RUSSIA

The Federal Election Commission is moving to improve disclosure of the money behind Internet and digital ads, as the shadow of Russian-funded social media ads in last year's presidential race hangs over the agency.

"We can't, obviously, take over the role of the Justice Department or of Congress," Democratic Commissioner Ellen Weintraub told other commissioners Thursday, "but I do think that we could do this little piece."

The law intended to shine a light on foreign entities and foreign governments working to influence policy in Washington, D.C., has been called everything from "toothless" to "a complete joke."

But Justice Department special counsel Robert Mueller isn't laughing — and neither may potential violators if he decides to make it his new weapon of choice.

Senior White House adviser and son-in-law to the president Jared Kushner failed to hand over to Senate investigators emails concerning contacts with WikiLeaks and a "Russian backdoor overture," according to a letter sent by two senior lawmakers.

The letter, released Thursday by Sen. Chuck Grassley, the chairman of the Senate Judiciary Committee, and its ranking Democrat, Sen. Dianne Feinstein, says Kushner failed to turn over "September 2016 email communications to Mr. Kushner concerning WikiLeaks" and other emails pertaining to a "Russian backdoor overture and dinner invite."

Special counsel Robert Mueller's investigation has entered the West Wing.

Mueller's team is charged with looking into whether anyone on President Trump's campaign worked with the Russians who attacked the 2016 election, so it was inevitable that investigators would want to talk with aides now working in the White House.

Some, like top adviser and son-in-law Jared Kushner, communications director Hope Hicks and policy adviser Stephen Miller, were key players in the campaign as well.

The U.S. Capitol building.
MarkThomas / Creative Commons

Attorney General Jeff Sessions testified on Capitol Hill on Tuesday for the fourth time this year. Watch video below from the proceedings.

For Attorney General Jeff Sessions, an appearance before the House Judiciary Committee Tuesday presents a risk — and an opportunity.

The risk lies in testifying under oath, for the fourth time this year, about his awareness of Russian efforts to interfere in the 2016 election while he served as a top surrogate for President Trump.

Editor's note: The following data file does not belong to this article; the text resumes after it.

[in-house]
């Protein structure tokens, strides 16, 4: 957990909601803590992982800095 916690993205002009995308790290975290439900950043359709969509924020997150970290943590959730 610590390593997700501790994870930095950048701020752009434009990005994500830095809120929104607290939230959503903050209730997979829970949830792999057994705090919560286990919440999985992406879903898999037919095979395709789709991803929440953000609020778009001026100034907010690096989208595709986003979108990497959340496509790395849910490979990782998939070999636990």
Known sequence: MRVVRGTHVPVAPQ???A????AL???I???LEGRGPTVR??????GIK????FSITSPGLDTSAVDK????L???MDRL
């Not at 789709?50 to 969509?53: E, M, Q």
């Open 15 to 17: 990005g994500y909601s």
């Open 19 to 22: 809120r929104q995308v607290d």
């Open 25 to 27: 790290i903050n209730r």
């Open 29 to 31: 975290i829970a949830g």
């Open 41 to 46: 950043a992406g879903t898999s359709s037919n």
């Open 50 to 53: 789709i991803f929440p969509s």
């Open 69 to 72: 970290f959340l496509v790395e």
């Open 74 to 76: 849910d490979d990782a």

On his Asia trip last week, somewhere over Vietnam on Air Force One, President Trump told reporters he had asked Vladimir Putin again if Russia had interfered in the 2016 U.S. election.

"He said he didn't meddle," the president said. "He said he didn't meddle. I asked him again. You can only ask so many times."

Trump added: "Every time he sees me, he says, 'I didn't do that.' And I believe — I really believe, that when he tells me that, he means it. ... I think he is very insulted by it, if you want to know the truth."

Gennady Gudkov, a retired KGB colonel, peered at me across his dark, vaulted office in an old Moscow manor house.

"I'm going to tell you something that I've never told anyone before," he said. "About 10 years ago, Russia had the opportunity to seriously influence election results in France."

A federal judge on Thursday ordered President Trump's former campaign chairman, Paul Manafort, and his business associate Rick Gates to remain under home confinement and GPS monitoring for now.

U.S. District Court Judge Amy Berman Jackson decided to keep in place the restrictions that were put on the two men at their initial court appearance on Monday. Jackson said the unsecured bonds set earlier this week — $10 million for Manafort and $5 million for Gates — may not be enough to ensure the two men remain in the court's jurisdiction. She set a bail hearing for Monday.

A former Trump campaign official has withdrawn from consideration for a job at the U.S. Department of Agriculture after being pulled into the imbroglio over Russia's interference efforts against the U.S. in the 2016 presidential race.

Sam Clovis said on Thursday that he would not go forward in trying to become the USDA's undersecretary for research, education and economics.

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